Gauntlet Dark Legacy Review

If you have a group of bored, bloodthirsty friends visiting, having Dark Legacy around would definitely be an asset.

The PlayStation 2 version of Gauntlet Legends: Dark Legacy is easily the most robust home port of a Gauntlet game ever released. More of an expansion than a true sequel, Dark Legacy serves as a decent, albeit moderate, refinement of the original Gauntlet Legends. The game itself is fairly large--it contains all the areas from the original Gauntlet Legends, in addition to several new to the expansion, adding up to 60 individual stages. And due to the game's design, you're almost guaranteed to spend a bit of time trekking through each level more than once, hunting for items necessary to your advancement. But however hearty the game's broad objectives are, it all ultimately comes down to classic Gauntlet-style gameplay. Some find this type of gameplay focused and engaging, while others think it the epitome of mindless tedium.

The Gauntlet series hasn't changed much over the years--its games are half shooter, half beat-'em-up, and the first two games were classics. Basically, you and up to three friends trek through maze after maze of monsters, gold, and food in an eternally unfolding quest to find the current maze's exit. The games are built on a genius arcade mechanic--each quarter, historically, bought you health, and as the game had no real end, pumping in a small fortune was a disturbing possibility. The Gauntlet Legends games--Dark Legacy included--don't stray too far from this formula; they started their lives, after all, in the arcades. The modern iterations mix the formula up by making the levels slightly more linear and adding scripted elements. The essence of play, however, has remained largely unchanged.

Dark Legacy allows you to choose from a variety of characters--the archer (formerly the elf), the knight, the warrior, the jester, and the sorceress, among others--most of which are available at the outset. Aside from their stat-based differences, each character comes with unique combat animations. The jester, for example, dances clownishly as he attacks, while the sultry sorceress struts through battle. All characters have access to both strong and quick attacks--which, when combined, make up the game's simple combos-- as well as magic and turbo attacks. Magic is more versatile in Dark Legacy--it can be used to perform a screen-clearing blast or power other effects, such as magical shields. The turbo attacks, finally, round out the offensive package. Governed by a self-replenishing turbo meter, turbo attacks deliver strong, usually focused effects, with their damage potential increasing as your meter fills. It's hard to argue that Dark Legacy's combat system isn't well thought-out--it definitely is, and it serves the game it's wrapped around quite well. But it's similarly hard to argue that Gauntlet's premise isn't dated and limited. Fortunately, the game is fairly adept in the area in which it excels.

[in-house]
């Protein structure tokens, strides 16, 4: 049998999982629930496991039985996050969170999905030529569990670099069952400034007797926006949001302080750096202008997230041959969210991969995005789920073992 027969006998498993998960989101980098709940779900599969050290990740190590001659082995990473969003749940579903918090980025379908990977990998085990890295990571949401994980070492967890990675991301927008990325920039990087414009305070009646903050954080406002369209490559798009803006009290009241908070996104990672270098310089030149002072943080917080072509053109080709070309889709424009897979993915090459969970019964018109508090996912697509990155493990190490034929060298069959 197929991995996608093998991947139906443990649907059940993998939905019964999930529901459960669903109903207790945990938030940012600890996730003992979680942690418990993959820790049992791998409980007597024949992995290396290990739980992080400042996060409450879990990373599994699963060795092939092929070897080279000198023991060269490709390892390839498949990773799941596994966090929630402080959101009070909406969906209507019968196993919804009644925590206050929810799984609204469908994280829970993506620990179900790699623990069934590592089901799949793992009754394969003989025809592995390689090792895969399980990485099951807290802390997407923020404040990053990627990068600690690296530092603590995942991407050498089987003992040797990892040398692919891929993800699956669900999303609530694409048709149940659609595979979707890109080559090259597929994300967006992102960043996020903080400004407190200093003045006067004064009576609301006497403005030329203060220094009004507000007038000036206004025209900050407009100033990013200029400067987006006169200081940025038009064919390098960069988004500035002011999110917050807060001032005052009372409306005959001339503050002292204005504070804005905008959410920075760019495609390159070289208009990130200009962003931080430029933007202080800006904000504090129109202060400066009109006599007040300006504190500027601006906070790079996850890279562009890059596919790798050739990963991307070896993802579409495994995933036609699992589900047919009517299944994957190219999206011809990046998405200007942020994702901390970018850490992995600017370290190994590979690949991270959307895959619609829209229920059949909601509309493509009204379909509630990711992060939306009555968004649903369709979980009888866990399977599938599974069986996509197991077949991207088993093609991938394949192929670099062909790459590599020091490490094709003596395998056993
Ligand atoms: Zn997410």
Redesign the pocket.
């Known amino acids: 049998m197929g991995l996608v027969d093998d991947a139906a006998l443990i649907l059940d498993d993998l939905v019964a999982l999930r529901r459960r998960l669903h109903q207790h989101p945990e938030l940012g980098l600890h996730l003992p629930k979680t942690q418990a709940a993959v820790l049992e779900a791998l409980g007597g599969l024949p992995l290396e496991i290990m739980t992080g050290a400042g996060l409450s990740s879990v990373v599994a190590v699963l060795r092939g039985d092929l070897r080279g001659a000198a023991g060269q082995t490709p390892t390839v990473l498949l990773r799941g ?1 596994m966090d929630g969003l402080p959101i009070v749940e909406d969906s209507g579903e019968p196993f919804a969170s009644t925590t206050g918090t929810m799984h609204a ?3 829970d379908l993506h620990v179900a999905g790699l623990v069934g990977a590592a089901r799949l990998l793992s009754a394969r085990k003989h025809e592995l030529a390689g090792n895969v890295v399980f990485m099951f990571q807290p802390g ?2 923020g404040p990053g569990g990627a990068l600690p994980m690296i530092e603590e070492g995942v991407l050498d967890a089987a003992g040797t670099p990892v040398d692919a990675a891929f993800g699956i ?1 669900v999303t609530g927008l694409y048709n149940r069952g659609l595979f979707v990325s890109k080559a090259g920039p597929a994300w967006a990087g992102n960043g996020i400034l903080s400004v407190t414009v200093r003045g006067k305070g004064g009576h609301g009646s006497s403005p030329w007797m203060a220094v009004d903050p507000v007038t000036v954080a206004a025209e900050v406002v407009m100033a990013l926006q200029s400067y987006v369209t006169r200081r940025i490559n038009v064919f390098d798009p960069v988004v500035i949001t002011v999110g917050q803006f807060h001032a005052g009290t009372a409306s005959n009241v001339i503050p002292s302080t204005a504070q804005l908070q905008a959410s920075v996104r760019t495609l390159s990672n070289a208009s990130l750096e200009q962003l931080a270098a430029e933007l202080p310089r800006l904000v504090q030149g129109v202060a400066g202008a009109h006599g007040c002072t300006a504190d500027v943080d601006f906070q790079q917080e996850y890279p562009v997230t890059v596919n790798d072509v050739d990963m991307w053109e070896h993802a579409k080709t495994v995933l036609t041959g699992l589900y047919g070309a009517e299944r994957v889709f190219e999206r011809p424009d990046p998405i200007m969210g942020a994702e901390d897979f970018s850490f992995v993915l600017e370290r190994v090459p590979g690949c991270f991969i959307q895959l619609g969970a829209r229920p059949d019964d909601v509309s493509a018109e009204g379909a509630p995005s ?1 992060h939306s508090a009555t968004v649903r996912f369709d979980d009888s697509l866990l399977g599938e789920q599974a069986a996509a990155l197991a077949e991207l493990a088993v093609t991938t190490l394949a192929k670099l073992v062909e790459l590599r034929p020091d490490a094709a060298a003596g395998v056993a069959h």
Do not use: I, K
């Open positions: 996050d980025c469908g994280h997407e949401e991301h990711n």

Playing Gauntlet Legends: Dark Legacy with a few friends can infinitely improve the experience. Going at it alone, the combat is monotonous and the pacing becomes quickly predictable. Throw a few other heads into the mix, however, and the human factor provides the perfect dash of uncertainty to spice up the dull experience. What's more, you could potentially each play your own leveled-up character. The frame rate does falter a decent amount during the proceedings, but those accustomed to multiplayer console games should know that tune by now.

The PS2's Dark Legacy is easily the best-looking version of Gauntlet Legends available--the textures are superclear, the spell effects are generous, and the overall speed has been turned up a notch. While overall, it's difficult to call it anything other than a modest-looking PlayStation 2 game, its visuals will surprise you when you least expect it. The game's aural qualities are unquestionably modest, however. The music is definitely minimal, and the sounds are somewhat muted and hushed. The sound effects consist of odd interjections, courtesy of your character, and mild whirrs and explosions. It needn't be stated that the ubiquitous "Gauntlet voice," illustrator of the obvious and channel of inspiration, has returned for Dark Legacy. Sadly, though, the voice has been given a body. Now, the wizard who owns the tower from which your adventures spring supposedly does the talking. Needless to say, a wonderfully absurd myth has been quenched.

If you have a group of bored, bloodthirsty friends visiting, having Dark Legacy around would definitely be an asset. You'll even get into the single-player game, for a little while--or a long while, depending on your attention span. But, ultimately, it's hard to argue that the game has any long-standing single-player value. While this isn't due to its design--there definitely is a lot there, and the manner in which it's presented to you is very functional--the game isn't exactly action-packed, making it a game that becomes tedious after only a few hours of play.

The Good

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The Bad

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